원문보기

    원문보기
    무료다운로드 유료다운로드

    회원님의 원문열람 권한에 따라 열람이 불가능 할 수 있으며 권한이 없는 경우 해당 사이트의 정책에 따라 회원가입 및 유료구매가 필요할 수 있습니다.이동하는 사이트에서의 모든 정보이용은 NDSL과 무관합니다.

    NDSL에서는 해당 원문을 복사서비스하고 있습니다. 아래의 원문복사신청 또는 장바구니담기를 통하여 원문복사서비스 이용이 가능합니다.

    이미지

    Fig. 1 이미지
  8. [해외논문]   An Uncommon Case of Pediatric Esthesioneuroblastoma Presenting as SIADH: 18F-FDG PET/CT in Staging and Post-Therapeutic Assessment  

    Fosbøl, Marie , Bilde, Anders , Friborg, Jeppe , von Benzon, Eric , Kjær, Andreas , von Buchwald, Christian , Borgwardt, Lise
    Diagnostics v.8 no.1 ,pp. 8 , 2018 ,

    초록

    Controversies in the treatment of venous thoracic outlet syndrome (VTOS) have been discussed for decades, but still persist. Calls for more objective reporting standards have pushed practice towards comprehensive venous evaluations and interventions after first rib resection (FRR) for all patients. In our practice, we have relied on patient-centered, patient-reported outcomes to guide adjunctive treatment and measure success. Thus, we sought to investigate the use of thrombolysis versus anticoagulation alone, timing of FRR following thrombolysis, post-FRR venous intervention, and FRR for McCleery syndrome (MCS) and their impact on patient symptoms and return to function. All patients undergoing FRR for VTOS at our institution from 4 April 2000 through 31 December 2013 were reviewed. Demographics, symptoms, diagnostic and treatment details, and outcomes were collected. Per “Reporting Standards of the Society for Vascular Surgery for Thoracic Outlet Syndrome”, symptoms were described as swelling/discoloration/heaviness, collaterals, concomitant neurogenic symptoms, and functional impairment. Patient-reported response to treatment was defined as complete (no residual symptoms and return to function), partial (any residual symptoms present but no functional impairment), temporary (initial improvement but subsequent recurrence of any symptoms or functional impairment), or none (persistent symptoms or functional impairment). Sixty FRR were performed on 59 patients. 54.2% were female with a mean age of 34.3 years. Swelling/discoloration/heaviness was present in all but one patient, deep vein thrombosis in 80%, and visible collaterals in 41.7%. Four patients had pulmonary embolus while 65% had concomitant neurogenic symptoms. In addition, 74.6% of patients were anticoagulated and 44.1% also underwent thrombolysis prior to FRR. Complete or partial response occurred in 93.4%. Of the four patients with temporary or no response, further diagnostics revealed residual venous disease in two and occult alternative diagnoses in two. Use of thrombolysis was not related to FRR outcomes ( p = 0.600). Performance of FRR less than or greater than six weeks after the initiation of anticoagulation or treatment with thrombolysis was not related to FRR outcomes ( p = 1). Whether patients had DVT or MCS was not related to FRR outcomes ( p = 1). No patient had recurrent DVT. From a patient-centered, patient-reported standpoint, VTOS is equally effectively treated with FRR regardless of preoperative thrombolysis or timing of surgery after thrombolysis. A conservative approach to venous interrogation and intervention after FRR is safe and effective for symptom control and return to function. Additionally, patients with MCS are effectively treated with FRR.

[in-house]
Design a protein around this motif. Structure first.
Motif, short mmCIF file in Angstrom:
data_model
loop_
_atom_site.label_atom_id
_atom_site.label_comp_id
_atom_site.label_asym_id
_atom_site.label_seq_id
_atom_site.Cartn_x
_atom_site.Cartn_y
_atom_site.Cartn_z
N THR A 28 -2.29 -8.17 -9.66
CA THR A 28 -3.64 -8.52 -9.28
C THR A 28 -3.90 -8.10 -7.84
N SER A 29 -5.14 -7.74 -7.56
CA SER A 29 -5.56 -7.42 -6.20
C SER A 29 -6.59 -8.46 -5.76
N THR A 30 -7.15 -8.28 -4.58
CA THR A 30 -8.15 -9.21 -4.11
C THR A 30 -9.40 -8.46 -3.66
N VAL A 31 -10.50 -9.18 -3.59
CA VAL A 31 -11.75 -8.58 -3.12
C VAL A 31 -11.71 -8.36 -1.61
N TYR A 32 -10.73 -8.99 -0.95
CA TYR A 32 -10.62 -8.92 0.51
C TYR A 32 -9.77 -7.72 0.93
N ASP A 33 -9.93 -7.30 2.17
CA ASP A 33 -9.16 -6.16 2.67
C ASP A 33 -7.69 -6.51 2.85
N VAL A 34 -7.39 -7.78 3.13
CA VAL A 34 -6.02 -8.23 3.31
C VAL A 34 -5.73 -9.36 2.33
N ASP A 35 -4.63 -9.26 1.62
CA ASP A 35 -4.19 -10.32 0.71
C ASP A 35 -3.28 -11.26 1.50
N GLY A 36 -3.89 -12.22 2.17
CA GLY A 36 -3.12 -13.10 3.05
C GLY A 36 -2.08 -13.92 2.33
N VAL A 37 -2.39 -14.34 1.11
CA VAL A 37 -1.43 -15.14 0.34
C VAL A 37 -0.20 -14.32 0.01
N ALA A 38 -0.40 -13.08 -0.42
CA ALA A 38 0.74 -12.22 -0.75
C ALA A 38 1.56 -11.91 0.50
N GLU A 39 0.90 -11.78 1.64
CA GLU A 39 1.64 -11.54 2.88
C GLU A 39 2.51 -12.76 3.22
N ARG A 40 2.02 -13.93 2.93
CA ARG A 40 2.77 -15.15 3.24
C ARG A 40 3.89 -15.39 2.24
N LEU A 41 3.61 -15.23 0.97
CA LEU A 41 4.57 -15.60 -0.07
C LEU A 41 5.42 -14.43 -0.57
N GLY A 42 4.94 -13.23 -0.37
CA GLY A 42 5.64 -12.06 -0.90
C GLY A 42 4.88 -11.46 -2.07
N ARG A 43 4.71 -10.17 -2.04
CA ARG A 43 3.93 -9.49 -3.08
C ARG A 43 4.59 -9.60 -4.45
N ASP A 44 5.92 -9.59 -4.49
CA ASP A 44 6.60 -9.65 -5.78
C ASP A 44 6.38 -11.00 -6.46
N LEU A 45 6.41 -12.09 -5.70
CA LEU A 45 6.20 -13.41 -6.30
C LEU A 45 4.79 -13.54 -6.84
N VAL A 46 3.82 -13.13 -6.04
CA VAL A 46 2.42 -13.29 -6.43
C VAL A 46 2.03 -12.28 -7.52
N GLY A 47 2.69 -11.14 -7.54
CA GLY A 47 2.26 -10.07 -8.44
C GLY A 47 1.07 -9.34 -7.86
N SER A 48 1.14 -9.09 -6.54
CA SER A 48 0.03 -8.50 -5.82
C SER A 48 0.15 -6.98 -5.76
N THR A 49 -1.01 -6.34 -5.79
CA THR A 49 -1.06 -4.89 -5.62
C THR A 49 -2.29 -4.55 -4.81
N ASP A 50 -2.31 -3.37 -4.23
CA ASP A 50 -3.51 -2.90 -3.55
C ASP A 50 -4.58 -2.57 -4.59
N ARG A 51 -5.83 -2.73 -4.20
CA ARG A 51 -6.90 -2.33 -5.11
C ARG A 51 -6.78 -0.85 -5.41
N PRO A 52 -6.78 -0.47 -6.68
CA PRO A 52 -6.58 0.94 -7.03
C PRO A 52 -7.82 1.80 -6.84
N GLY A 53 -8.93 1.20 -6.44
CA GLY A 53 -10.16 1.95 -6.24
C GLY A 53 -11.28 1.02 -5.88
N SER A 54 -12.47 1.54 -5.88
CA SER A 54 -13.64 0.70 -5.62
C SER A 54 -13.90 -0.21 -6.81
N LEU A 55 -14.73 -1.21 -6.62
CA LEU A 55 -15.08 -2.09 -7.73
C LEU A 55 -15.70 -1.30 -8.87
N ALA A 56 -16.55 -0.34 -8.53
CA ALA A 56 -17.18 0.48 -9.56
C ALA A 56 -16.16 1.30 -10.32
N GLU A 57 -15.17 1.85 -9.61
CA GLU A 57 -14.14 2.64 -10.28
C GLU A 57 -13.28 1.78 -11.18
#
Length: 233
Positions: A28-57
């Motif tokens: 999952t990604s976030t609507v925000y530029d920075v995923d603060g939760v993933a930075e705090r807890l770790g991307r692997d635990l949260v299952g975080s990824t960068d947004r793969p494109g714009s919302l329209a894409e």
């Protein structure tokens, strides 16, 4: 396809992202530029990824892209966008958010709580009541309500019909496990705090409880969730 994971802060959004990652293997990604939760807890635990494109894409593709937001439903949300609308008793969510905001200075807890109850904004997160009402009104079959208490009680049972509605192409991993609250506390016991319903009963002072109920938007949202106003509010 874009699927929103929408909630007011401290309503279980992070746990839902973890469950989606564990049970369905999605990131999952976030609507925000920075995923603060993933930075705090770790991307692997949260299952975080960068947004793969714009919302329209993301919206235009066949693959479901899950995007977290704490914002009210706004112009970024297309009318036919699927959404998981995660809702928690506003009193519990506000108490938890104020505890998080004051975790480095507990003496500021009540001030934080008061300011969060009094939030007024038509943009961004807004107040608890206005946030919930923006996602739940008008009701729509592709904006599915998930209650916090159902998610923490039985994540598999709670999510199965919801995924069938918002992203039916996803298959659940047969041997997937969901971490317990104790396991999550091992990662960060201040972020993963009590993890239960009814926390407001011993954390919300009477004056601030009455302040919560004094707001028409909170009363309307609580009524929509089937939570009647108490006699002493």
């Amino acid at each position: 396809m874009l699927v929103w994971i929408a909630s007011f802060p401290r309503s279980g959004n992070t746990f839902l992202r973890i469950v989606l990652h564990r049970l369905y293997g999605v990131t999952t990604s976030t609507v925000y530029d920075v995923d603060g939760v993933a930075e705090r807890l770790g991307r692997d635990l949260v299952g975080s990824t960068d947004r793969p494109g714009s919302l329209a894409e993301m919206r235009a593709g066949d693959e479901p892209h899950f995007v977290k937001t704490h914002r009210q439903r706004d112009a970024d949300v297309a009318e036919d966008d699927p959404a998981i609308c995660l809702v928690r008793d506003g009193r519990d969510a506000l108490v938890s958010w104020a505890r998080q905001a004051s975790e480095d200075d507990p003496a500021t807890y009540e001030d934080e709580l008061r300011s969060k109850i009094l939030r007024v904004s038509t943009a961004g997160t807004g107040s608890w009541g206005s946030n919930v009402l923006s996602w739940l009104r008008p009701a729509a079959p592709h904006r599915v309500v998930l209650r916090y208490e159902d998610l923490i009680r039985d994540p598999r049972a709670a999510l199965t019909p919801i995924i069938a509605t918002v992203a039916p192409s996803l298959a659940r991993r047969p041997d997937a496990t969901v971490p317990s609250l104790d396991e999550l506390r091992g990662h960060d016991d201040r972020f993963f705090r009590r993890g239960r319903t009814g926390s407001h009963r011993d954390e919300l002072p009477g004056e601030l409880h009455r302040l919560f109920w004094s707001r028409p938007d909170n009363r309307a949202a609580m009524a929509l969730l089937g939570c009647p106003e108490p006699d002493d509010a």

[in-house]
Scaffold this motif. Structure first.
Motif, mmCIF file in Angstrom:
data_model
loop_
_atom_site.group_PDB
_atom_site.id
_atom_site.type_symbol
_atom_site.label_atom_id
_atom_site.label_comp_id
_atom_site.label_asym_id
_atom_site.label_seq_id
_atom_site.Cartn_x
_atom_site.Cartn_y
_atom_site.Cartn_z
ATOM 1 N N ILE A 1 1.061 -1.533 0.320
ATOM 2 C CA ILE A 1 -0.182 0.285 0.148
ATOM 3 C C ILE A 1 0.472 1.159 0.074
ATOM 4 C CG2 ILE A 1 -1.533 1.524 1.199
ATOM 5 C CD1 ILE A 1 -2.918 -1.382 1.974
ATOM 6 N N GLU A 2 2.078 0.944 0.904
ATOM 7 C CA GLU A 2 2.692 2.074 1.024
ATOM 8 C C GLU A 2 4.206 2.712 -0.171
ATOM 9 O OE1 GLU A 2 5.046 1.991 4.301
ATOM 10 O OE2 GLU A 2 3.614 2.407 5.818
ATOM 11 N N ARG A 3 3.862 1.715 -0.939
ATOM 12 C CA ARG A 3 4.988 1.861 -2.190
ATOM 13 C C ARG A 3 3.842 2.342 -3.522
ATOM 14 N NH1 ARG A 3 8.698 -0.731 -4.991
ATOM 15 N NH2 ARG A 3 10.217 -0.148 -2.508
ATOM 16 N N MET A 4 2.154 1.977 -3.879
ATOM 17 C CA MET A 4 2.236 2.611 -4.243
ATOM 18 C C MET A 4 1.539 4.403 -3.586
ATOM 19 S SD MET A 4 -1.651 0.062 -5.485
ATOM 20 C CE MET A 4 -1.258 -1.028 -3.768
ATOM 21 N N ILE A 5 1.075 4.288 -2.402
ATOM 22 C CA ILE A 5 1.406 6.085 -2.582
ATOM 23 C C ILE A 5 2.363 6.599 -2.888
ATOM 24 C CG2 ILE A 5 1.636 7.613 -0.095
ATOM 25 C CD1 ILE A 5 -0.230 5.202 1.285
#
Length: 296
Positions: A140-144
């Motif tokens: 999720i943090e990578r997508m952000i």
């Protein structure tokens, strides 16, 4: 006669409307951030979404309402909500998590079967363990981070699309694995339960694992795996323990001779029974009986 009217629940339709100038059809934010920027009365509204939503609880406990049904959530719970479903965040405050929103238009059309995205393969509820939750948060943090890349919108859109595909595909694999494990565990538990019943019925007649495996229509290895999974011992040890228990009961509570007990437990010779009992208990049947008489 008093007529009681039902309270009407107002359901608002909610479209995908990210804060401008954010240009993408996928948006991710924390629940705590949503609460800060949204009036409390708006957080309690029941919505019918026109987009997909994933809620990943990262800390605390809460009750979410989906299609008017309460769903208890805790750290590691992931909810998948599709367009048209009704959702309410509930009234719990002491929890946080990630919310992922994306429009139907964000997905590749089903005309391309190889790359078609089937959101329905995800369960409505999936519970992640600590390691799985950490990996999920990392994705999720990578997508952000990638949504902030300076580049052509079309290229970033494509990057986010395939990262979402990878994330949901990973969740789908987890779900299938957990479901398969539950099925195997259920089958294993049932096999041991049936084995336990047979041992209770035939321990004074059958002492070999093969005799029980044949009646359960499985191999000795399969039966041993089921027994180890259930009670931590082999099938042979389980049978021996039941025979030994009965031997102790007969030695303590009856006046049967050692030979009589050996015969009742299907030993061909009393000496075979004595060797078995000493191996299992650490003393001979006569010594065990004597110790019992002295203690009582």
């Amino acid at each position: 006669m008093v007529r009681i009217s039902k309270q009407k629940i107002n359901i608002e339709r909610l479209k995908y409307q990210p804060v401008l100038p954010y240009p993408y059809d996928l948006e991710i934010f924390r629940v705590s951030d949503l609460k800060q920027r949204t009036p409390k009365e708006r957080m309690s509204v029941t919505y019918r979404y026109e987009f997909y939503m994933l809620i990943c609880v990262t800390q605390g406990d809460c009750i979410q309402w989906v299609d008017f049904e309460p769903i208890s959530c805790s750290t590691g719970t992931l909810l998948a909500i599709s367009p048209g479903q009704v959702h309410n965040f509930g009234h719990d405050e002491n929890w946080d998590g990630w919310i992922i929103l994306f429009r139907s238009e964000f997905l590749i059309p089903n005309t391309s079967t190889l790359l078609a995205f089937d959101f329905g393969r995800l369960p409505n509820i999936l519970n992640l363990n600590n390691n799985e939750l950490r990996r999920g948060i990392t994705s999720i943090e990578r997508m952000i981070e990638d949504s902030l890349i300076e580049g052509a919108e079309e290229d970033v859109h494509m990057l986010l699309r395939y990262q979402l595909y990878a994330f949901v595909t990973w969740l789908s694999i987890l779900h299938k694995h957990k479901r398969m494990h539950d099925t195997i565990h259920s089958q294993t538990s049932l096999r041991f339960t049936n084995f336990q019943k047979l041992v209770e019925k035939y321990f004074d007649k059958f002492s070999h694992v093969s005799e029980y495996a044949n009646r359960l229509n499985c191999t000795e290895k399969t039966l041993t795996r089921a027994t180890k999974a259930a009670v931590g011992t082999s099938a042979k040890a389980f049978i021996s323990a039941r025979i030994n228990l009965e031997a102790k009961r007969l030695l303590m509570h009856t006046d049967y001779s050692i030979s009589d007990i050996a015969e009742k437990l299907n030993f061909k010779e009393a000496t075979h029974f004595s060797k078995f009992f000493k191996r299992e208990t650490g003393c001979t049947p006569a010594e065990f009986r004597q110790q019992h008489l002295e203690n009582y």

원문보기

    원문보기
    무료다운로드 유료다운로드

    회원님의 원문열람 권한에 따라 열람이 불가능 할 수 있으며 권한이 없는 경우 해당 사이트의 정책에 따라 회원가입 및 유료구매가 필요할 수 있습니다.이동하는 사이트에서의 모든 정보이용은 NDSL과 무관합니다.

    NDSL에서는 해당 원문을 복사서비스하고 있습니다. 아래의 원문복사신청 또는 장바구니담기를 통하여 원문복사서비스 이용이 가능합니다.

    이미지

    Fig. 1 이미지
  9. [해외논문]   Reporting and Handling of Indeterminate Bone Scan Results in the Staging of Prostate Cancer: A Systematic Review  

    Petersen, Lars , Strandberg, Jesper , Stenholt, Louise , Johansen, Martin , Zacho, Helle
    Diagnostics v.8 no.1 ,pp. 9 , 2018 ,

    초록